Is Your Cat Dehydrated?

2/7/2022
Every cell and organ in your cat’s body needs water to function. Making sure your cat has sufficient water is essential to their health and survival

Your cat’s ancestors came from the desert. They could survive on very little water and had the ability to concentrate their urine to an incredible degree.

Cats have kept their ancestors’ low thirst drive. This means they don’t always drink when they need to, which makes them susceptible to dehydration. Their concentrated urine also contains less water than the urine of other species, which makes them more prone to developing urinary stones and crystals.

Thankfully, there are things you can do to encourage your cat to drink and help them stay hydrated.

Adult cat sitting down outside in long grass.

If your cat is still having an allergic reaction after ruling out environmental factors, your vet may try to rule out any food allergies by placing them on an elimination diet. This can last up to twelve weeks, during which time, if your cat's symptoms disappear, the vet may then give your cat their original food; if the symptoms reappear, they'll conclude it's sensitive to an element of this diet.

If the exclusion diet process is unsuccessful, it's likely your cat is suffering from an environmental allergy.

The impact of diet on your cat's allergy

Your cat's diet directly affects their skin, the largest organ in their body. A food formulated specifically for cats with hypersensitive skin can help limit any adverse reactions to food and support them in developing good skin health.

These foods have specially selected protein and carbohydrates that are less likely to cause an allergic reaction in your cat. The food may also include omega 3 long chain fatty acids, which help manage skin reactions (such as inflammation) and biotin, niacin and pantothenic acids—these help prevent your cat's skin drying out and strengthens its ability to protect them against irritants.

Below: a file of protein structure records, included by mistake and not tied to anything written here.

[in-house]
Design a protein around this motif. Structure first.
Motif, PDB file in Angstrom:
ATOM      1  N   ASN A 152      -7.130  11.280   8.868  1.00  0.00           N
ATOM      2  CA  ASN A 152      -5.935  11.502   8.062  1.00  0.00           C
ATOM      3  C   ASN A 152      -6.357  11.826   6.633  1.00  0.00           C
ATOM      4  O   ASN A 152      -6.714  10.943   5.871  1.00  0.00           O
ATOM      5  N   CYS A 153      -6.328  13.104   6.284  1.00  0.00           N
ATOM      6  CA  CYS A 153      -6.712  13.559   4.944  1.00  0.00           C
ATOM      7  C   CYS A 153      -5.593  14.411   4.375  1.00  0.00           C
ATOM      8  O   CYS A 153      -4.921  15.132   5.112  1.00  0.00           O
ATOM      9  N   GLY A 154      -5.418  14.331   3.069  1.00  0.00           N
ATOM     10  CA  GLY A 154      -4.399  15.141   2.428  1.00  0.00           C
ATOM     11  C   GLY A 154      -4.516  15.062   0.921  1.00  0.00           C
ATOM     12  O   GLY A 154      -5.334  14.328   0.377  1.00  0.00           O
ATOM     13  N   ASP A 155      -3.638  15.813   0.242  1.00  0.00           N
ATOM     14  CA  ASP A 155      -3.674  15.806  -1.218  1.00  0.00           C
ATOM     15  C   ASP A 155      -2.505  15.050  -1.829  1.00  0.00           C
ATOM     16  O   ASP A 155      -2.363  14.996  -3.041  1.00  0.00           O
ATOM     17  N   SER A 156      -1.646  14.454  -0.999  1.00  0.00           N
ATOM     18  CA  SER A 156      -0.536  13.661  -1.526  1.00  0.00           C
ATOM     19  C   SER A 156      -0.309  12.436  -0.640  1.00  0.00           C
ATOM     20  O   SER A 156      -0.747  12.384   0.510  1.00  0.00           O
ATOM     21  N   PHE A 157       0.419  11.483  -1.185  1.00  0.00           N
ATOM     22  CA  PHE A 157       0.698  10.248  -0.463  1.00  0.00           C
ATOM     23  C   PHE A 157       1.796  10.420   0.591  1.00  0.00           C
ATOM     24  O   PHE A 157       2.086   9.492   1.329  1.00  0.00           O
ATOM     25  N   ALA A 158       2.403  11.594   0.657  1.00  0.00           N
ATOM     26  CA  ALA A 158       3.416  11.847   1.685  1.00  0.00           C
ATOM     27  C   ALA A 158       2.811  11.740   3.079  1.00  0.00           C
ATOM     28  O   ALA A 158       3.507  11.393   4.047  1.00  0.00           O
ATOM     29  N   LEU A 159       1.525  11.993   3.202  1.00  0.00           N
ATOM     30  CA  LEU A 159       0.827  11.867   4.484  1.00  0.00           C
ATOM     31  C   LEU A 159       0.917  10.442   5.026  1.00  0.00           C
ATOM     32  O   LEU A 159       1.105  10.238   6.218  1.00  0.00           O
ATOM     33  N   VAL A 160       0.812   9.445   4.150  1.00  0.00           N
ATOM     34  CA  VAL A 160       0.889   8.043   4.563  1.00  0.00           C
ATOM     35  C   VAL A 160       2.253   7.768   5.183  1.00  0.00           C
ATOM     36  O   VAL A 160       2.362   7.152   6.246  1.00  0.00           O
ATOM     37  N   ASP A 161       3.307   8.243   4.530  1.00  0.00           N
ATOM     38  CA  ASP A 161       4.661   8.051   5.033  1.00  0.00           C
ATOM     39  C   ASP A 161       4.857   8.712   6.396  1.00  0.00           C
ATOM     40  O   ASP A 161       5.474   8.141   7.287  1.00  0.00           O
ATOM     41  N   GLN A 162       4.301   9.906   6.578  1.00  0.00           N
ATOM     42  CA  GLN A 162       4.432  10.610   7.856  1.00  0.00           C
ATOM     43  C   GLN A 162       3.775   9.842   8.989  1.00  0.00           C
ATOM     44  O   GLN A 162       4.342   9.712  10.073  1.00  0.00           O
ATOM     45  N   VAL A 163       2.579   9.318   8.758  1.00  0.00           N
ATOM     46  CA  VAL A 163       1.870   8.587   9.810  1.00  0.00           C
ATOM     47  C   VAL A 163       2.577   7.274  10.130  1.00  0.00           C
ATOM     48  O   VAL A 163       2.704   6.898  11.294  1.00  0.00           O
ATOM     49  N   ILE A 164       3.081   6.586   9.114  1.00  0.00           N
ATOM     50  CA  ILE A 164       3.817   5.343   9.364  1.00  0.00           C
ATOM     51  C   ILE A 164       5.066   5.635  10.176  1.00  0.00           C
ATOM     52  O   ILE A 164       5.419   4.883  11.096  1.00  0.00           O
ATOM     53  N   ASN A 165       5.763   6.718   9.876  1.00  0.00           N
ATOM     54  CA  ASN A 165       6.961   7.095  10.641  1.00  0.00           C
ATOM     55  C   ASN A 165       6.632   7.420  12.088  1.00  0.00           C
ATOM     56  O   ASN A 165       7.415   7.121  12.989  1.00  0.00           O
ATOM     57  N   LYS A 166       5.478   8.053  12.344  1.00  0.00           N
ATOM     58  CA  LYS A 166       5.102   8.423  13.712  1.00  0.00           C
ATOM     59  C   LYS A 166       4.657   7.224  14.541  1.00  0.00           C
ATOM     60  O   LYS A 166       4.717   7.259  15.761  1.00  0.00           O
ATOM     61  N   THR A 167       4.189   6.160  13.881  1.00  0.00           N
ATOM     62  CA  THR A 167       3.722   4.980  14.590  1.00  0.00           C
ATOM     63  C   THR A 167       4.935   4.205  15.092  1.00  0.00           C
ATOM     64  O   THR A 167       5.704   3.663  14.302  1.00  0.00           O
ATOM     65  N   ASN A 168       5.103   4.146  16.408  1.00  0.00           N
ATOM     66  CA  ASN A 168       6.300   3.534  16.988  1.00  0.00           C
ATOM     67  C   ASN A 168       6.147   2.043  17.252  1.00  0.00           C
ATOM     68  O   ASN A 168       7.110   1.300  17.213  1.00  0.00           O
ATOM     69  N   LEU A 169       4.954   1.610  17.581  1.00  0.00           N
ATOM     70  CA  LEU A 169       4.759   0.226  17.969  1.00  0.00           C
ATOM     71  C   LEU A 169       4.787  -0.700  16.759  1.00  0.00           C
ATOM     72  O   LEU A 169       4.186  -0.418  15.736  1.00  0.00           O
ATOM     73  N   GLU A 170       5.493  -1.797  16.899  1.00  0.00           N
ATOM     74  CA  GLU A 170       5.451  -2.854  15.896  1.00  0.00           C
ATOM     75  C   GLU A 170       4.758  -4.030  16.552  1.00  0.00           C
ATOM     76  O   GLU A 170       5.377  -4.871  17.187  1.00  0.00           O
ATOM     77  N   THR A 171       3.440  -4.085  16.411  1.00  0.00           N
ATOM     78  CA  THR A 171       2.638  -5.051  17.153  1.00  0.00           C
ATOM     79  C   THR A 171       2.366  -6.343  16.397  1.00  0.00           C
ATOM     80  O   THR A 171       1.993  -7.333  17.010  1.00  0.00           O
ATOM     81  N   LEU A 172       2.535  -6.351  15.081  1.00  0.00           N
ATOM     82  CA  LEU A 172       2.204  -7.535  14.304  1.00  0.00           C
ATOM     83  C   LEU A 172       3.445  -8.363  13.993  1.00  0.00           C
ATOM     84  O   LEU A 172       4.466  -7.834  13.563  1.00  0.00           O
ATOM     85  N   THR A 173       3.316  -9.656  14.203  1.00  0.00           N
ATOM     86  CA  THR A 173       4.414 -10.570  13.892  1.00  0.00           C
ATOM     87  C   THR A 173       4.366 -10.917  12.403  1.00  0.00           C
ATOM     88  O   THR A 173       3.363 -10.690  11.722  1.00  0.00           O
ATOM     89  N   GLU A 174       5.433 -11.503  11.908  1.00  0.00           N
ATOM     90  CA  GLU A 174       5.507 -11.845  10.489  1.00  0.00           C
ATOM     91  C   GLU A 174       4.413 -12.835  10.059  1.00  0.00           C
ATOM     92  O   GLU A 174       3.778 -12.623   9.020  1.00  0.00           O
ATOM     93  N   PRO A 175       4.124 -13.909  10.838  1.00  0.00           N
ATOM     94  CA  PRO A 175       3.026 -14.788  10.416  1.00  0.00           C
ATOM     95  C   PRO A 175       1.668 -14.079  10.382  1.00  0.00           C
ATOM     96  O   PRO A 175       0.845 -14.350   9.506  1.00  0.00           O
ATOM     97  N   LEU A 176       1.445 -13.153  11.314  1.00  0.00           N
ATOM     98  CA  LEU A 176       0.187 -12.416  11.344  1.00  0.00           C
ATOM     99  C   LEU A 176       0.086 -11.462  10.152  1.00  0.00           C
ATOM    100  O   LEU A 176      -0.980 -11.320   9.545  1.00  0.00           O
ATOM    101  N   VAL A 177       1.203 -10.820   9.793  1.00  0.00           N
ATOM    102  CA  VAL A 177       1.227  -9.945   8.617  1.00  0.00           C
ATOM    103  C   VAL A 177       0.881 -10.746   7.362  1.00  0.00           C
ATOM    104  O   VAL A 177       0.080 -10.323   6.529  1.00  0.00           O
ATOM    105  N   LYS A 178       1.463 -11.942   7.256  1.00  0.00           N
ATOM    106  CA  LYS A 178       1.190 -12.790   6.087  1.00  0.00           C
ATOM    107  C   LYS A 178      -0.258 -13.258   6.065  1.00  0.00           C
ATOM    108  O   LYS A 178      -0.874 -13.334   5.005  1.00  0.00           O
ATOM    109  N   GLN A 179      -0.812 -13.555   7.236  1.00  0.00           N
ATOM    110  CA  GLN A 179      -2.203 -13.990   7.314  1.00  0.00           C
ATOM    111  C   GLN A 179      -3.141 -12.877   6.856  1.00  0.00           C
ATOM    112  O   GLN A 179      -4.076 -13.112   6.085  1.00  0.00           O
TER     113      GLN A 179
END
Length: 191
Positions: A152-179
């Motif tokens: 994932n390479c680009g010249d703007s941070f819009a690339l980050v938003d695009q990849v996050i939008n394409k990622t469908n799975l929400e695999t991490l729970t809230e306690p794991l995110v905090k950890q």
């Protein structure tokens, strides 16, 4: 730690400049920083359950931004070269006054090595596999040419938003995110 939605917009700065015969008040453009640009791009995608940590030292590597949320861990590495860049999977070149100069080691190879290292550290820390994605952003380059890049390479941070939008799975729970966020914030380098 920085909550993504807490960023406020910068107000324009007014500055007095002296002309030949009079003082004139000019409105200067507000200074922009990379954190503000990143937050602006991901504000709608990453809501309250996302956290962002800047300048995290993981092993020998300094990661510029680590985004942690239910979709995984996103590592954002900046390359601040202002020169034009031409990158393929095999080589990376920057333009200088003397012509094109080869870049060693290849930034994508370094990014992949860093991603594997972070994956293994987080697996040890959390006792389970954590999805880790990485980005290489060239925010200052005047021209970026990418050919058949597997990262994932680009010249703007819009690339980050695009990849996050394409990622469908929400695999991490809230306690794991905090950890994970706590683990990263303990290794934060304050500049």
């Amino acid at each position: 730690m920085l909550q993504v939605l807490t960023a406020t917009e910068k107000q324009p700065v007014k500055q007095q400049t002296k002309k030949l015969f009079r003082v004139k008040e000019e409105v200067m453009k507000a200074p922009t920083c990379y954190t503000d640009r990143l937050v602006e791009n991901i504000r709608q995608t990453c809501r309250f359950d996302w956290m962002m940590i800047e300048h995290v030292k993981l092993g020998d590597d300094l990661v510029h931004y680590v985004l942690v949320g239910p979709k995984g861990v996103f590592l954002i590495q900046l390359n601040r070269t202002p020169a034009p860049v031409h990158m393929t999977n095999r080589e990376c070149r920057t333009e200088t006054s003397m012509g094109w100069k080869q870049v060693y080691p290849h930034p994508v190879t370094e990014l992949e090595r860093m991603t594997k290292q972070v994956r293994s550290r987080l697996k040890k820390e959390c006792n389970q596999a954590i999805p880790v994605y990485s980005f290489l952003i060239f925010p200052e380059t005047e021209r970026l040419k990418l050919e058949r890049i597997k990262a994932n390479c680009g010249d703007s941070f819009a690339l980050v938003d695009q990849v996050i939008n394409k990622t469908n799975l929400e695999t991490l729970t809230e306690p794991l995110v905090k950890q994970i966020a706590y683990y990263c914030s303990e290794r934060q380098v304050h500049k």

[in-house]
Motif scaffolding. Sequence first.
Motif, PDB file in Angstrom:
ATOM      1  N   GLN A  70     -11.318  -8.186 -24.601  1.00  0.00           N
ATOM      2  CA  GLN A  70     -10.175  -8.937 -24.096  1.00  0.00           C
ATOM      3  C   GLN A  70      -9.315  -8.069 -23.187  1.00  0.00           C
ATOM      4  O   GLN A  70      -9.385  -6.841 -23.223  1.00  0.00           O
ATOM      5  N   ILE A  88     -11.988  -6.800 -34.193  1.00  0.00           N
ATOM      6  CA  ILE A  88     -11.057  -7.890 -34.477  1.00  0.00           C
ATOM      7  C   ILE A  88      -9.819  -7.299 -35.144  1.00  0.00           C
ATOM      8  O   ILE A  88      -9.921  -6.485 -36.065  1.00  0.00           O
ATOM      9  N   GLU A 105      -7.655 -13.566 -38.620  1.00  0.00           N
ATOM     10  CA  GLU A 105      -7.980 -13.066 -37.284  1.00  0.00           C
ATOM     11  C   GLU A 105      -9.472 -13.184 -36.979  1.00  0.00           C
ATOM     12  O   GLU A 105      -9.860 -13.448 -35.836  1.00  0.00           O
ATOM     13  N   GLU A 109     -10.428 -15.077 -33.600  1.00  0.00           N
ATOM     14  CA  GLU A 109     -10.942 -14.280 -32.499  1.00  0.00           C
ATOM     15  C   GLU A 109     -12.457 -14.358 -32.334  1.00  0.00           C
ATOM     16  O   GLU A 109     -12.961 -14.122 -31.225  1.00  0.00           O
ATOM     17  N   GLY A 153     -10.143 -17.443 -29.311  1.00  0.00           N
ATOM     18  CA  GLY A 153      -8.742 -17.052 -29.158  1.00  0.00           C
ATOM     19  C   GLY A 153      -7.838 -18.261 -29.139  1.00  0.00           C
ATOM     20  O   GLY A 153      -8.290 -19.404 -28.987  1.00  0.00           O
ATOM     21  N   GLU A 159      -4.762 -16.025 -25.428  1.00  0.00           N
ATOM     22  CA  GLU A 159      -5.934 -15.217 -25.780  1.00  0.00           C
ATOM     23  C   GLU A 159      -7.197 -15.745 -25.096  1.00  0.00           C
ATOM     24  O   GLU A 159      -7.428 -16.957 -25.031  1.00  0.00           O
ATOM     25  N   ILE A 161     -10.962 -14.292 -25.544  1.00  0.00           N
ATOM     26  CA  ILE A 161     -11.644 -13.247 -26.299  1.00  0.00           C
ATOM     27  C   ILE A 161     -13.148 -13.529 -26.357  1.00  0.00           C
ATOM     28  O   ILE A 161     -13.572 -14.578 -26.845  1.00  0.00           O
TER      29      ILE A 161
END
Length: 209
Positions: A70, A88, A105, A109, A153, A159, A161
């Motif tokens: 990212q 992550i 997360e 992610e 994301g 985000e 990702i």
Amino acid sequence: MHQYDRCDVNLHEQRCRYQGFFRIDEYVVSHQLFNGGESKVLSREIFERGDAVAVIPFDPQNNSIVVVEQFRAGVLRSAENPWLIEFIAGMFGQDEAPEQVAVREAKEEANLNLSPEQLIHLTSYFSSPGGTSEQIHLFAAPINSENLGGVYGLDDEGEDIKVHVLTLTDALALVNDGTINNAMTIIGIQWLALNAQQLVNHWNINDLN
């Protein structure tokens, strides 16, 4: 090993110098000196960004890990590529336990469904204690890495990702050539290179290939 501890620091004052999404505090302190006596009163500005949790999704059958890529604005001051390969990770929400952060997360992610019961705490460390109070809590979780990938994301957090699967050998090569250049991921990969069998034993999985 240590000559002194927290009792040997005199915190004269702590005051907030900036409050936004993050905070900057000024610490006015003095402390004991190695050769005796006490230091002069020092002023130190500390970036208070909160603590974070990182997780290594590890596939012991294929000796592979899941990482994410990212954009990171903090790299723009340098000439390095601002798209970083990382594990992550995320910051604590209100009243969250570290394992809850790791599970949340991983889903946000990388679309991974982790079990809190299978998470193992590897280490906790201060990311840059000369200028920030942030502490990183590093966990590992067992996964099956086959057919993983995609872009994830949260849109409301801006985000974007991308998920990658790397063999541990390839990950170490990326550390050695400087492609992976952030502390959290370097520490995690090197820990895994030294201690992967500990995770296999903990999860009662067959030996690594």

If you notice any of the symptoms of an allergic reaction in your cat, make sure to visit your local vet. Together, you'll be able to work out how to support your cat's health and improve the quality of their skin and coat.

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Does Your Cat Have Enough Water in Their Diet?

Typically, a cat needs to consume 3.5 to 4.5oz of water for every 5lb of body weight each day.

The desert-dwelling cats of yesteryear would have gotten most of their water through food, but your cat will probably need to drink fresh water to supplement their fluid intake – especially if they only eat dry food.

Your cat’s naturally low thirst drive means they may need some encouragement to drink, and some cats are particularly choosy about the type of water bowl they use.

Here are some tips to get your cat to drink more water:

  • Place multiple water bowls around your home. Ideally, they should be on different levels, in calm spots, away from litter boxes and food bowls. Try to avoid corners, as cats like to see their surroundings while they drink.
  • Keep the bowls topped up with fresh water. Replace the water completely and wash out each bowl every day.
  • Cats have different preferences when it comes to water bowls. Some like a wide, shallow saucer, while others would rather drink from a deeper container. The material of the bowl matters too, so test glass, porcelain, and metal bowls to see which they prefer.
  • Some cats only like to drink running water. You should be able to buy a water fountain at your local pet store.

If your cat is averse to drinking or suffering from dehydration, your vet may recommend a wet diet.

While dry food can contain some moisture, wet food has a higher percentage of water content, which can make it easier for a cat to get the fluids they need. Just remember that a change in diet needs to be done gradually to avoid causing food aversion and undue stress.

If your cat has a urinary or bladder problem due to dehydration, your vet will take steps to manage their condition. You can learn more about the management options they may recommend in our Urinary Management and Treatment articles.

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